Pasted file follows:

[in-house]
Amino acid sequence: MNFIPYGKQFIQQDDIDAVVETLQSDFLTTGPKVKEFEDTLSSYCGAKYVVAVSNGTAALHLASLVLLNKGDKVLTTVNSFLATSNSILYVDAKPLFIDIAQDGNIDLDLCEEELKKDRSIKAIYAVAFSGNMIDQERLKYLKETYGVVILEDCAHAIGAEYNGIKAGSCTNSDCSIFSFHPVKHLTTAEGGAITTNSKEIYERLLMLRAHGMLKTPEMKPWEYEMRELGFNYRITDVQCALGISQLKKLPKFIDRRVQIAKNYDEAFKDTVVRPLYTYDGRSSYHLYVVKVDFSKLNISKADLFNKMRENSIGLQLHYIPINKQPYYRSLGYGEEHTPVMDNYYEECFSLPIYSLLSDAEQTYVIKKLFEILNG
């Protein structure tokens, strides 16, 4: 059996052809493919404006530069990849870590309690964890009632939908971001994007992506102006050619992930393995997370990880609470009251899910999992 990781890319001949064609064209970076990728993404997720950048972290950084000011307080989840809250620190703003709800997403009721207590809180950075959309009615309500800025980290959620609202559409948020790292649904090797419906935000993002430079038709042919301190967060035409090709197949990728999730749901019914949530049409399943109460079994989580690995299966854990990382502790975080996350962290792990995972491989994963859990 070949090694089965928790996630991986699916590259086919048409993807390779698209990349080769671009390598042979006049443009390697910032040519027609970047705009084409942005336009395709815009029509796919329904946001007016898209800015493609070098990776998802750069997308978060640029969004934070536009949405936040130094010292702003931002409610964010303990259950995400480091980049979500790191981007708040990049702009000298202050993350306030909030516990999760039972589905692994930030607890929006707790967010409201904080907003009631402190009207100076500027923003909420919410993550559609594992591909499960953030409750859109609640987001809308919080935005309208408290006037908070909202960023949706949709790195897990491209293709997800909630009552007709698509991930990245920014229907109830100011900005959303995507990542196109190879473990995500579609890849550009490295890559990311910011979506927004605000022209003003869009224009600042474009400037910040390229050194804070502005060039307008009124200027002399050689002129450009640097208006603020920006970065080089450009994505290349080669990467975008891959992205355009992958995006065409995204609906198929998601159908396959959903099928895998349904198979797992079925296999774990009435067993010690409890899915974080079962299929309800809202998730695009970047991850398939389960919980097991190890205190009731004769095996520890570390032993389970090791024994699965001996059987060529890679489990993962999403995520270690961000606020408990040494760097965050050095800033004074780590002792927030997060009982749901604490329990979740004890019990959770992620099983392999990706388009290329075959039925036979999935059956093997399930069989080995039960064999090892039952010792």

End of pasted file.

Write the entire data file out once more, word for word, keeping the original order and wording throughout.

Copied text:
[in-house]
Amino acid sequence: MNFIPYGKQFIQQDDIDAVVETLQSDFLTTGPKVKEFEDTLSSYCGAKYVVAVSNGTAALHLASLVLLNKGDKVLTTVNSFLATSNSILYVDAKPLFIDIAQDGNIDLDLCEEELKKDRSIKAIYAVAFSGNMIDQERLKYLKETYGVVILEDCAHAIGAEYNGIKAGSCTNSDCSIFSFHPVKHLTTAEGGAITTNSKEIYERLLMLRAHGMLKTPEMKPWEYEMRELGFNYRITDVQCALGISQLKKLPKFIDRRVQIAKNYDEAFKDTVVRPLYTYDGRSSYHLYVVKVDFSKLNISKADLFNKMRENSIGLQLHYIPINKQPYYRSLGYGEEHTPVMDNYYEECFSLPIYSLLSDAEQTYVIKKLFEILNG
């Protein structure tokens, strides 16, 4: 059996052809493919404006530069990849870590309690964890009632939908971001994007992506102006050619992930393995997370990880609470009251899910999992 990781890319001949064609064209970076990728993404997720950048972290950084000011307080989840809250620190703003709800997403009721207590809180950075959309009615309500800025980290959620609202559409948020790292649904090797419906935000993002430079038709042919301190967060035409090709197949990728999730749901019914949530049409399943109460079994989580690995299966854990990382502790975080996350962290792990995972491989994963859990 070949090694089965928790996630991986699916590259086919048409993807390779698209990349080769671009390598042979006049443009390697910032040519027609970047705009084409942005336009395709815009029509796919329904946001007016898209800015493609070098990776998802750069997308978060640029969004934070536009949405936040130094010292702003931002409610964010303990259950995400480091980049979500790191981007708040990049702009000298202050993350306030909030516990999760039972589905692994930030607890929006707790967010409201904080907003009631402190009207100076500027923003909420919410993550559609594992591909499960953030409750859109609640987001809308919080935005309208408290006037908070909202960023949706949709790195897990491209293709997800909630009552007709698509991930990245920014229907109830100011900005959303995507990542196109190879473990995500579609890849550009490295890559990311910011979506927004605000022209003003869009224009600042474009400037910040390229050194804070502005060039307008009124200027002399050689002129450009640097208006603020920006970065080089450009994505290349080669990467975008891959992205355009992958995006065409995204609906198929998601159908396959959903099928895998349904198979797992079925296999774990009435067993010690409890899915974080079962299929309800809202998730695009970047991850398939389960919980097991190890205190009731004769095996520890570390032993389970090791024994699965001996059987060529890679489990993962999403995520270690961000606020408990040494760097965050050095800033004074780590002792927030997060009982749901604490329990979740004890019990959770992620099983392999990706388009290329075959039925036979999935059956093997399930069989080995039960064999090892039952010792």